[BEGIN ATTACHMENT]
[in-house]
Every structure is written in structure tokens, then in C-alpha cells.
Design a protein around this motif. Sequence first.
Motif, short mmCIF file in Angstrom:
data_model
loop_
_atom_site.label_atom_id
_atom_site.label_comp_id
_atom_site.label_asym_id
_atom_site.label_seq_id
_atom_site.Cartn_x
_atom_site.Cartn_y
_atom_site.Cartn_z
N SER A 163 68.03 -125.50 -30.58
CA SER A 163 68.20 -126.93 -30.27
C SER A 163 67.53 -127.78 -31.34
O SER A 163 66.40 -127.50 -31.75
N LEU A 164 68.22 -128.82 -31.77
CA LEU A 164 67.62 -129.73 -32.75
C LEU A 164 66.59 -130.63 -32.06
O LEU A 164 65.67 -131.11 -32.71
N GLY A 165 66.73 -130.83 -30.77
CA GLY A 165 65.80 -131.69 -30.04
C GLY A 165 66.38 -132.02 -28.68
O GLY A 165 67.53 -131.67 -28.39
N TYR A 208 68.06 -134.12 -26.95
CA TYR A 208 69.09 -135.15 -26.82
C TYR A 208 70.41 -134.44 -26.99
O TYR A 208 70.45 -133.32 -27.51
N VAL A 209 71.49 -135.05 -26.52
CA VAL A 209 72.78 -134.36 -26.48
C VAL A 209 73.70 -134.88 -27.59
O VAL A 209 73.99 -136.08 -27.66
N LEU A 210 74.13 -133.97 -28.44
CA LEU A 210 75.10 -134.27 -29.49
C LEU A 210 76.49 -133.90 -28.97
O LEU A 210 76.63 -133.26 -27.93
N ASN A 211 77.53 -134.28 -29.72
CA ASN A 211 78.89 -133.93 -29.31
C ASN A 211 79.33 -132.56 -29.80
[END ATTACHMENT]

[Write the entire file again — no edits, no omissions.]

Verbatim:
[in-house]
Every structure is written in structure tokens, then in C-alpha cells.
Design a protein around this motif. Sequence first.
Motif, short mmCIF file in Angstrom:
data_model
loop_
_atom_site.label_atom_id
_atom_site.label_comp_id
_atom_site.label_asym_id
_atom_site.label_seq_id
_atom_site.Cartn_x
_atom_site.Cartn_y
_atom_site.Cartn_z
N SER A 163 68.03 -125.50 -30.58
CA SER A 163 68.20 -126.93 -30.27
C SER A 163 67.53 -127.78 -31.34
O SER A 163 66.40 -127.50 -31.75
N LEU A 164 68.22 -128.82 -31.77
CA LEU A 164 67.62 -129.73 -32.75
C LEU A 164 66.59 -130.63 -32.06
O LEU A 164 65.67 -131.11 -32.71
N GLY A 165 66.73 -130.83 -30.77
CA GLY A 165 65.80 -131.69 -30.04
C GLY A 165 66.38 -132.02 -28.68
O GLY A 165 67.53 -131.67 -28.39
N TYR A 208 68.06 -134.12 -26.95
CA TYR A 208 69.09 -135.15 -26.82
C TYR A 208 70.41 -134.44 -26.99
O TYR A 208 70.45 -133.32 -27.51
N VAL A 209 71.49 -135.05 -26.52
CA VAL A 209 72.78 -134.36 -26.48
C VAL A 209 73.70 -134.88 -27.59
O VAL A 209 73.99 -136.08 -27.66
N LEU A 210 74.13 -133.97 -28.44
CA LEU A 210 75.10 -134.27 -29.49
C LEU A 210 76.49 -133.90 -28.97
O LEU A 210 76.63 -133.26 -27.93
N ASN A 211 77.53 -134.28 -29.72
CA ASN A 211 78.89 -133.93 -29.31
C ASN A 211 79.33 -132.56 -29.80